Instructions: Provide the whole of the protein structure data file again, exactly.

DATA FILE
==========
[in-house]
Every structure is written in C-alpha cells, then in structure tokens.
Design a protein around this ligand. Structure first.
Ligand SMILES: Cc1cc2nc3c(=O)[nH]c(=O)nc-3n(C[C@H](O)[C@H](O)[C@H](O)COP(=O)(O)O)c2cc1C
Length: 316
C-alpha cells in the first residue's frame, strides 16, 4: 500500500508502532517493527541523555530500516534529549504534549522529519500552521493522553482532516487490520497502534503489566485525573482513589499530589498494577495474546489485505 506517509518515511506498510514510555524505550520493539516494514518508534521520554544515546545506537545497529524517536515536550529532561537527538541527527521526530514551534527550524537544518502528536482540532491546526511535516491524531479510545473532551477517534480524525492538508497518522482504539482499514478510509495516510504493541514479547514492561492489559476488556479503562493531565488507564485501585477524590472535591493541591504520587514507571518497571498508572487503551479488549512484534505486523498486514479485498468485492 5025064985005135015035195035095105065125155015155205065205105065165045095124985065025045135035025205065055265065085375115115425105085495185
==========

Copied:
[in-house]
Every structure is written in C-alpha cells, then in structure tokens.
Design a protein around this ligand. Structure first.
Ligand SMILES: Cc1cc2nc3c(=O)[nH]c(=O)nc-3n(C[C@H](O)[C@H](O)[C@H](O)COP(=O)(O)O)c2cc1C
Length: 316
C-alpha cells in the first residue's frame, strides 16, 4: 500500500508502532517493527541523555530500516534529549504534549522529519500552521493522553482532516487490520497502534503489566485525573482513589499530589498494577495474546489485505 506517509518515511506498510514510555524505550520493539516494514518508534521520554544515546545506537545497529524517536515536550529532561537527538541527527521526530514551534527550524537544518502528536482540532491546526511535516491524531479510545473532551477517534480524525492538508497518522482504539482499514478510509495516510504493541514479547514492561492489559476488556479503562493531565488507564485501585477524590472535591493541591504520587514507571518497571498508572487503551479488549512484534505486523498486514479485498468485492 5025064985005135015035195035095105065125155015155205065205105065165045095124985065025045135035025205065055265065085375115115425105085495185